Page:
Fantasy Genres to Use in Tabletop RPGs
Surely you’ve heard about fantasy genres to use in your Tabletop RPG, or else your adventure, or even a one shot.
In this way, we will immerse ourselves in a fascinating universe and explore a variety of fantasy genres that go beyond the popular role-playing game Dungeons & Dragons (D&D).
Get ready to discover worlds full of magic, epic adventures and fantastic beings.
Let’s explore beyond D&D and break new ground in fantasy.
1. Epic: The Power of Greatness
First, epic fantasy then transports us to distant lands and envelops us in grandiose narratives.
In principle, in this genre, brave heroes face powerful villains in epic battles.
In this way, these stories are rich in detail, already presenting elaborate scenarios and, above all, a complex mythology.
Notable examples of this genre include “The Lord of the Rings” by JRR Tolkien and “A Song of Ice and Fire” by George RR Martin.
If you’re looking for an exciting journey full of dangers and challenges, epic fantasy is the perfect genre for you.
2. Urbana: The Encounter of the Supernatural with Modernity
Urban fantasy mixes magical elements and supernatural creatures as well as urban and contemporary environments.
In this genre, vampires, werewolves, witches and other fantastic creatures live secretly among humans in the shadows of cities.
The atmosphere is marked by mystery, suspense and a touch of magic.
Works like Jim Butcher’s “Dresden Files” and Cassandra Clare’s “Mortal Instruments” series are exciting examples of urban fantasy.
In these universes, readers immerse themselves in plots filled with supernatural intrigue and exciting adventures.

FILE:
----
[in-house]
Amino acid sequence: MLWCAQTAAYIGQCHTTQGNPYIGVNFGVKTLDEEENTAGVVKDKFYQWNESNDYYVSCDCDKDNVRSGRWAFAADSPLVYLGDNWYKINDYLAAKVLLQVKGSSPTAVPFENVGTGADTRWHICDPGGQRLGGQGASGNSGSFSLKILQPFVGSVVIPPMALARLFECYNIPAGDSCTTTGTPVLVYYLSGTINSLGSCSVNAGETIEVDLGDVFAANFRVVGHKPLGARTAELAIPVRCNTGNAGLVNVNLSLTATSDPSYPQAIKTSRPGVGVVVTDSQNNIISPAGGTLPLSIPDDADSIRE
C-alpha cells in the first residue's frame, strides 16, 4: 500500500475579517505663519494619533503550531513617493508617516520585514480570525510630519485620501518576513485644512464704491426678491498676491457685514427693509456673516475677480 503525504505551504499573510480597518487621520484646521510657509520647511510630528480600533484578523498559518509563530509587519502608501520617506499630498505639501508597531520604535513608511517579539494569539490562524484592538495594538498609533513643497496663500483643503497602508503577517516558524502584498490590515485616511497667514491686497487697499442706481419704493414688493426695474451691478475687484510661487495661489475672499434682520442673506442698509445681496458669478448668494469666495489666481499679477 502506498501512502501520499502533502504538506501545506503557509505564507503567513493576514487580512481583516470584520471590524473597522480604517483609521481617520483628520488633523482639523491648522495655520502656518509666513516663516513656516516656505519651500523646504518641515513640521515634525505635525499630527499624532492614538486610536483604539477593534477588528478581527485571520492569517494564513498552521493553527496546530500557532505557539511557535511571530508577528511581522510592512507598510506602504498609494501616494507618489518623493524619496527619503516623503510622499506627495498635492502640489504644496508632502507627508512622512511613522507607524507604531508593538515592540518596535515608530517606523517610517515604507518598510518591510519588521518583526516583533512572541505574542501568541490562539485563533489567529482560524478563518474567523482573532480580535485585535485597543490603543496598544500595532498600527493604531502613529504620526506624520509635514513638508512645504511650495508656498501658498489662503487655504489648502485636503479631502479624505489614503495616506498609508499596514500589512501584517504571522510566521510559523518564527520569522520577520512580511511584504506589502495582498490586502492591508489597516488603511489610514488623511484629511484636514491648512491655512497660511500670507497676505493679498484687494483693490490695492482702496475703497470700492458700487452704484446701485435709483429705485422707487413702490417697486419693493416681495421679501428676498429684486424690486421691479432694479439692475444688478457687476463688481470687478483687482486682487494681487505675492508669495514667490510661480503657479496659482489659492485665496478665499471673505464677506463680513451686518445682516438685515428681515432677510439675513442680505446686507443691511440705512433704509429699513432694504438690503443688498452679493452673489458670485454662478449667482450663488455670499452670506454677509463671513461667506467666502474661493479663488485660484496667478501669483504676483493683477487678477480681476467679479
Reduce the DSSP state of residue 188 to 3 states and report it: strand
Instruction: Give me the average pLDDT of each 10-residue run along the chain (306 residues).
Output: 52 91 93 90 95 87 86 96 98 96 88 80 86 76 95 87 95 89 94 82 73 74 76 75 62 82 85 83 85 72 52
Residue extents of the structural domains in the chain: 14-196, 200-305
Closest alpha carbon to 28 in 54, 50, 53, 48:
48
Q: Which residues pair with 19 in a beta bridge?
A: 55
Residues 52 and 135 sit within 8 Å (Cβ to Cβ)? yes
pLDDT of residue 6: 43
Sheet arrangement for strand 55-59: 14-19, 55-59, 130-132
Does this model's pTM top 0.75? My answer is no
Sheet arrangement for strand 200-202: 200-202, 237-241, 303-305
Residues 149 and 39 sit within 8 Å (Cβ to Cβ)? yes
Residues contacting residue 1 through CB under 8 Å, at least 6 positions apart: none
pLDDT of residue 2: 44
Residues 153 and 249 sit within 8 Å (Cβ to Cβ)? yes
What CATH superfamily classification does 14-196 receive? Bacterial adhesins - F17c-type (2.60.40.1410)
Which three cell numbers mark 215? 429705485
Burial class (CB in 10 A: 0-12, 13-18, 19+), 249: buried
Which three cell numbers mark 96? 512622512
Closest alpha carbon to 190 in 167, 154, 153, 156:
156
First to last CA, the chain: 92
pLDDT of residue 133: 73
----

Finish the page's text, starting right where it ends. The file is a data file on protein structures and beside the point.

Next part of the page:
3. Scientific: The Fusion of Science and Magic
In science fantasy, science and magic intertwine in harmony, creating futuristic, technologically advanced worlds where mystical forces and magical beings coexist.
In this genre, we explore the border between technology and the supernatural, challenging the limits of imagination.
Works such as “The Amber Chronicles” by Roger Zelazny and the acclaimed “Saga” comic series by Brian K. Vaughan and Fiona Staples are shining examples of science fantasy.
In these stories, we are transported to fascinating realities, namely, where magic and technology come together in surprising ways.
4. History: The Past Reimagined
Historical fantasy mixes fantastical elements with real historical periods, thus offering an alternative view of history.
In this genre, historical events are reinvented with the addition of magical elements in addition to mythological creatures and legendary characters.
This unique approach allows us to delve into past eras from a new perspective.
Books such as Susanna Clarke’s “Jonathan Strange & Mr. Norrell” and Diana Gabaldon’s famous “Outlander” series masterfully exemplify historical fantasy.
These works transport readers to historical moments filled with magic and captivating adventures.
5. Steampunk: The Victorian Age with Magic Gears
Steampunk fantasy combines elements of the Victorian era with steam-powered technology and fantasy elements.
In this genre, we find scenarios full of complex machines, airships in the sky and a retrofuturistic aesthetic.
Magic and mystical power are built into gears and technological devices.
Works such as “Leviathan”, by Scott Westerfeld, and “The Mechanical War of the Worlds”, by Jay Lake, are outstanding examples of steampunk fantasy.
In these narratives, we are transported to a world where science and magic merge in an intriguing way, ultimately providing a unique experience.
6. Mythological: The Magic of the Gods and Ancient Creatures
Mythological fantasy dives into the rich mythologies and stories of ancient gods and creatures.
Therefore, in this genre, we explore divine pantheons, mythological beings and epic adventures set in time immemorial.